This report is a primer on U.S. and Mexican water-sharing topics. It focuses on surface water quantity sharing and recent developments, including drought conditions. Due to Mexico's recent below-target deliveries of Rio Grande water to the United States, particular attention is given to the status, underlying causes, and responses to the Rio Grande water delivery shortfalls. This report describes: legal obligations and processes under the 1944 Water Treaty; drought conditions from 2010 to 2013; water sharing and developments in the Colorado River Basin; water sharing in the Rio Grande Basin and Mexico's water delivery shortfalls and stakeholder, diplomatic, and legislative responses to the rate of Mexico's Rio Grande water deliveries. digital.library.unt.edu/ark:/67531/metadc503397/
U.S.-Mexico Water Sharing: Background and Recent Developments
This report is a primer on U.S. and Mexican water-sharing topics. It focuses on surface water quantity sharing and recent developments, including drought conditions. Due to Mexico's recent below-target deliveries of Rio Grande water to the United States, particular attention is given to the status, underlying causes, and responses to the Rio Grande water debt. This report describes: legal obligations and processes under the 1944 Water Treaty; drought conditions from 2010 to 2013; water sharing and developments in the Colorado River Basin; water sharing in the Rio Grande Basin and Mexico's water debt; and stakeholder, diplomatic, and legislative responses to Mexico's Rio Grande water debt. digital.library.unt.edu/ark:/67531/metadc267861/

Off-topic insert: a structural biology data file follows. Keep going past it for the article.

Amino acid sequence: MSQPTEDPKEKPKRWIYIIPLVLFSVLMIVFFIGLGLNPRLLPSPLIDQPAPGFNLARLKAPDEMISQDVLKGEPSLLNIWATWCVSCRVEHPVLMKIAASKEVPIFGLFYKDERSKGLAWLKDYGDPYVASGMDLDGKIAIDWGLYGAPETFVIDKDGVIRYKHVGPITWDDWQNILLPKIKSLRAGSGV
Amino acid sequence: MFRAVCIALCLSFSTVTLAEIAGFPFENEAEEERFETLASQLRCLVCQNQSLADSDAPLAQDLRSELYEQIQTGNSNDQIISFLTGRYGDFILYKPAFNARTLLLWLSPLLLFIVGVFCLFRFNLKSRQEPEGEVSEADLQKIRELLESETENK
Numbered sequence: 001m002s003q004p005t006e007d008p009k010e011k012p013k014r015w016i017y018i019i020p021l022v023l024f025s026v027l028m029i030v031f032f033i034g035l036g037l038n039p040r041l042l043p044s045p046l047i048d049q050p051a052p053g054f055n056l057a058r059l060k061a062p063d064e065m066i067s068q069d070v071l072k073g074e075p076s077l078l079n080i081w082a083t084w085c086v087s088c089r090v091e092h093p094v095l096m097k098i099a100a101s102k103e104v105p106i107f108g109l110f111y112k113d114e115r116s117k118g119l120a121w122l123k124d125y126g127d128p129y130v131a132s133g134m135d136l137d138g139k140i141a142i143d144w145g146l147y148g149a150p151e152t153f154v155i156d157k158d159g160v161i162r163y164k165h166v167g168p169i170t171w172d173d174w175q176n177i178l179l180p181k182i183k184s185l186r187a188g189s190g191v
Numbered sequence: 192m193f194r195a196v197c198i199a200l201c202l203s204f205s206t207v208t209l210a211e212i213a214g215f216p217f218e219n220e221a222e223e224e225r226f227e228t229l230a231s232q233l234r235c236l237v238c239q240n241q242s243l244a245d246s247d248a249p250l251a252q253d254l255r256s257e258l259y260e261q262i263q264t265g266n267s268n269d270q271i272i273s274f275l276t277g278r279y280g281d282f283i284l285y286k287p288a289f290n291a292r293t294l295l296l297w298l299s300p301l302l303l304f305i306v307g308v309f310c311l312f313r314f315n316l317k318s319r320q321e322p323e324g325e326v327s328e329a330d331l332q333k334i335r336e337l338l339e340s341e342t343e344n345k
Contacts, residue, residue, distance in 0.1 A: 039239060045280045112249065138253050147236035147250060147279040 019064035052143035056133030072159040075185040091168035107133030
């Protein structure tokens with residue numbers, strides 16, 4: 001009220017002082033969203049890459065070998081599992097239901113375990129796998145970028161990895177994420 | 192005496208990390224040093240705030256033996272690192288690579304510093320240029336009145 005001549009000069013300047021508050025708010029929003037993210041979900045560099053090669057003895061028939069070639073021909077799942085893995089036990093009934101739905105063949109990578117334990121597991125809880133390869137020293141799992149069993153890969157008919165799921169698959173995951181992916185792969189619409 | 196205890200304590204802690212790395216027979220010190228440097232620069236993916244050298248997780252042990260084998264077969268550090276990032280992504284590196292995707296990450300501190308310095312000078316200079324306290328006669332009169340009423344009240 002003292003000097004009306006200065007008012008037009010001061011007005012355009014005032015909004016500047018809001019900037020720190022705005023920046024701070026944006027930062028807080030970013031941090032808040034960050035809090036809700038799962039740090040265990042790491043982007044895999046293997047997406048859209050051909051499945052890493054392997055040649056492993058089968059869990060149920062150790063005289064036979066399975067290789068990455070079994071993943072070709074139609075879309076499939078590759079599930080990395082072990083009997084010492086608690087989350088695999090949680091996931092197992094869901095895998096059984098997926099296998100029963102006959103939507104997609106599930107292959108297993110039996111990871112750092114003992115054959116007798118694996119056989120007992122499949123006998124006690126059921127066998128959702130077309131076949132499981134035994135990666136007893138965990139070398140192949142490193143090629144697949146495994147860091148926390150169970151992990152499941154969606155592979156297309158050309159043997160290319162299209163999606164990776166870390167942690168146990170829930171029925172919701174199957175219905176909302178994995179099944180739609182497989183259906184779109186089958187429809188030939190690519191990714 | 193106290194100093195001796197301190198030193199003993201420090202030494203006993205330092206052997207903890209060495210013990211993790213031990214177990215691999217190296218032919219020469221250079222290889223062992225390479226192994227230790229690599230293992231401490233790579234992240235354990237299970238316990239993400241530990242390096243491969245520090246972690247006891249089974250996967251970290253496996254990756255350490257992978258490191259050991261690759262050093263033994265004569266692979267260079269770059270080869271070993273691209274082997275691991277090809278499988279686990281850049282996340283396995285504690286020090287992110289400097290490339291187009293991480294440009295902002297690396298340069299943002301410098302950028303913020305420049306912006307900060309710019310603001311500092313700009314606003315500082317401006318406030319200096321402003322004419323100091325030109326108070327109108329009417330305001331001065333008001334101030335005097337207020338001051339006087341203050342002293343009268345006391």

Water Resources Development Act (WRDA): Army Corps of Engineers Authorization Issues
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Western Water Resource Issues
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Western Water Resource Issues
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Western Water Resource Issues
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Western Water Resource Issues
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Water Resource Issues in the 107th Congress
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Water Resource Issues in the 107th Congress
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Water Resource Issues in the 108th Congress
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Water Resources Issues in the 109th Congress
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Western Water Resource Issues
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Western Water Resource Issues
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Western Water Resource Issues
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Western Water Resource Issues
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Western Water Resource Issues
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Western Water Resource Issues
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Western Water Resource Issues
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Western Water Resource Issues